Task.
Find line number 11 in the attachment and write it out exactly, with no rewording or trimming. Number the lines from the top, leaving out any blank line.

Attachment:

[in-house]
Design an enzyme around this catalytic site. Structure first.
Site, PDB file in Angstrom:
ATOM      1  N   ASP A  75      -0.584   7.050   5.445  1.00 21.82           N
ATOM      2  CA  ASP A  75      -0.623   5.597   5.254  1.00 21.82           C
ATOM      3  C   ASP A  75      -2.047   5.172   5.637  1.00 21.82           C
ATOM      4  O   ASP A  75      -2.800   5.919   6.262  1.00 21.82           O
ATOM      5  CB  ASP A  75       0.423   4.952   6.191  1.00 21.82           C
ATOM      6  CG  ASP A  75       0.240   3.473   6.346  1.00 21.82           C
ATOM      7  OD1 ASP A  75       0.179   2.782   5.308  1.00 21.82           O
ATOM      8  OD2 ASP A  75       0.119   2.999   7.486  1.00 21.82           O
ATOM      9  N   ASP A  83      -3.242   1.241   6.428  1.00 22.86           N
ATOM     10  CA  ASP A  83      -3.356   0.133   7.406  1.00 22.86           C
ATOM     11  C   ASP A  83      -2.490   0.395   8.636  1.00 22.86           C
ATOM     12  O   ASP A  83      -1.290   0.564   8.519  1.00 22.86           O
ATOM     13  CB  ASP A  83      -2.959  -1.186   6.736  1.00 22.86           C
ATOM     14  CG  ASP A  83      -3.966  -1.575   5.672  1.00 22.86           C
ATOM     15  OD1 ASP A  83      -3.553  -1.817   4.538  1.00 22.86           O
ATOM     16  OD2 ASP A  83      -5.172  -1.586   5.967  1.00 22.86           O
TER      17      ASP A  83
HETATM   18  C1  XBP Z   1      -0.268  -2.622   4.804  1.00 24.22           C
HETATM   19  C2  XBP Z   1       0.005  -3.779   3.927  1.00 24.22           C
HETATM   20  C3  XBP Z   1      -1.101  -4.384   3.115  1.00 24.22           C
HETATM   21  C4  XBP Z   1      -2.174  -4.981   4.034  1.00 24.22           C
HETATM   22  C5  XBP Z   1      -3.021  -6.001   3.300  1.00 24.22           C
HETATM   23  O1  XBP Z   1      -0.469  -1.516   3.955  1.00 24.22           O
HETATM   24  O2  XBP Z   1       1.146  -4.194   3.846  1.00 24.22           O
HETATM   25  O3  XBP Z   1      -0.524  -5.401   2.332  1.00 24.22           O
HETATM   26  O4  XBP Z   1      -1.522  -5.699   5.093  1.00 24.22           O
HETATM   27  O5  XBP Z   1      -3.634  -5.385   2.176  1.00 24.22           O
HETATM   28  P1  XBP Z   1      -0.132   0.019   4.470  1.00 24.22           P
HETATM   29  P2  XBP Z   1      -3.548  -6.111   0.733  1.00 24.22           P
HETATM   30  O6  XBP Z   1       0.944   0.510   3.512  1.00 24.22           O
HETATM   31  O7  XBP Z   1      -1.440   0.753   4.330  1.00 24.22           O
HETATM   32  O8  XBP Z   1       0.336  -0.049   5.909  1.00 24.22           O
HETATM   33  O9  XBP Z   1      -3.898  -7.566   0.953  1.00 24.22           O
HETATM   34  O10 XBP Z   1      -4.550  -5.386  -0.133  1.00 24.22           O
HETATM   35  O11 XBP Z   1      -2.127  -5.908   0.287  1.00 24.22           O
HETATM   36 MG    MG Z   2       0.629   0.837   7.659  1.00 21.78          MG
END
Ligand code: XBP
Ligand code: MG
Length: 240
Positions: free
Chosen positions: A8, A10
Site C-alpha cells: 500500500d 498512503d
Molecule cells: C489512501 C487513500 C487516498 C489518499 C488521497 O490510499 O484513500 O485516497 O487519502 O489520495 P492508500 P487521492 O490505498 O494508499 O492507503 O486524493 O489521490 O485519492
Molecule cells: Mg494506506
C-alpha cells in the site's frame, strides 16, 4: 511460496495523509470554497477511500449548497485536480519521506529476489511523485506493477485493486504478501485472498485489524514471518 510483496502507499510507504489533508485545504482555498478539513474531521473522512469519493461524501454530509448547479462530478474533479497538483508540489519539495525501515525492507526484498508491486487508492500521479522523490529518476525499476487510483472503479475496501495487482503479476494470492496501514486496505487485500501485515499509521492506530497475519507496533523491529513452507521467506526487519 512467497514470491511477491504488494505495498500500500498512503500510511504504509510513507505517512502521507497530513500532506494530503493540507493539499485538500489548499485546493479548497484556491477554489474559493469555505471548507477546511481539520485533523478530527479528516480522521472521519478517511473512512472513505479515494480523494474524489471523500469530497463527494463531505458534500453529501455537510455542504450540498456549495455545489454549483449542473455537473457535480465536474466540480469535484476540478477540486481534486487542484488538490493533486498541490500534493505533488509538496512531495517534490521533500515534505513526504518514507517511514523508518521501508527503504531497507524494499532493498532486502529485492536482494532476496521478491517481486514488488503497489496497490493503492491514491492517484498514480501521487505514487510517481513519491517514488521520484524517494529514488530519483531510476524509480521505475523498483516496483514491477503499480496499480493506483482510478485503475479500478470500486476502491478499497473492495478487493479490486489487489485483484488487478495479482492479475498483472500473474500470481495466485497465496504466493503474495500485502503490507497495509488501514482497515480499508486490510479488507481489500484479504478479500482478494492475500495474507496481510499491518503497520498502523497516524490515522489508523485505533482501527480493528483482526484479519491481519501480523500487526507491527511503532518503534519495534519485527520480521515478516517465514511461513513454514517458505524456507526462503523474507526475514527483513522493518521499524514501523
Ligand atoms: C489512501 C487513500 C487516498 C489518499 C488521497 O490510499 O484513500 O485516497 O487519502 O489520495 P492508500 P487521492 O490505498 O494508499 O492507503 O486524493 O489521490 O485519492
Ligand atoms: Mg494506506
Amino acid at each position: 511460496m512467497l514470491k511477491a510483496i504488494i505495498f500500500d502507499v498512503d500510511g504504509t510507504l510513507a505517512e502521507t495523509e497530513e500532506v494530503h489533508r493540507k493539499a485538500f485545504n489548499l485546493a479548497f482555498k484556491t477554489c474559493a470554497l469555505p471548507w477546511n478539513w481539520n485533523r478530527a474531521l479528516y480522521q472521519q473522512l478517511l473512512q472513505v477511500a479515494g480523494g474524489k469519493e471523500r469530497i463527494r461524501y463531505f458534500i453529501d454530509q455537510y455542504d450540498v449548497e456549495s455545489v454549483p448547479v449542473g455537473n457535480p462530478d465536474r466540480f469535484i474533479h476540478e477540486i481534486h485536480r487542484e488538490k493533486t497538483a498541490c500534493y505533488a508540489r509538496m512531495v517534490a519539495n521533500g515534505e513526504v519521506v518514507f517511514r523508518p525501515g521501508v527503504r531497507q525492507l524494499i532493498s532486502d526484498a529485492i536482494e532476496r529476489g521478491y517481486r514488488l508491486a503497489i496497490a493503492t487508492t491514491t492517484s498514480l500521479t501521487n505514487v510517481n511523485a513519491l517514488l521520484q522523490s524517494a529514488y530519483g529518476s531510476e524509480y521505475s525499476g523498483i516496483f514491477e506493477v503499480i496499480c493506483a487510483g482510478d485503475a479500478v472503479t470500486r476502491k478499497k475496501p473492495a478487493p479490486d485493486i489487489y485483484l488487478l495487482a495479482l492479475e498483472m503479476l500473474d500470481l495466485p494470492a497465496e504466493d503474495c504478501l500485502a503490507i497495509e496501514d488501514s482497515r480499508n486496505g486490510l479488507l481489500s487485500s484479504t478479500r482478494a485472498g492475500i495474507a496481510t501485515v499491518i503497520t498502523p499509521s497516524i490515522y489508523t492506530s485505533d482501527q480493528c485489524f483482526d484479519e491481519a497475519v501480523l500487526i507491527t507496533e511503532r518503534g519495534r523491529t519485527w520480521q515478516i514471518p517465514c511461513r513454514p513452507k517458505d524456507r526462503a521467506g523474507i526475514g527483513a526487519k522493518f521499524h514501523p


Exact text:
ATOM      8  OD2 ASP A  75       0.119   2.999   7.486  1.00 21.82           O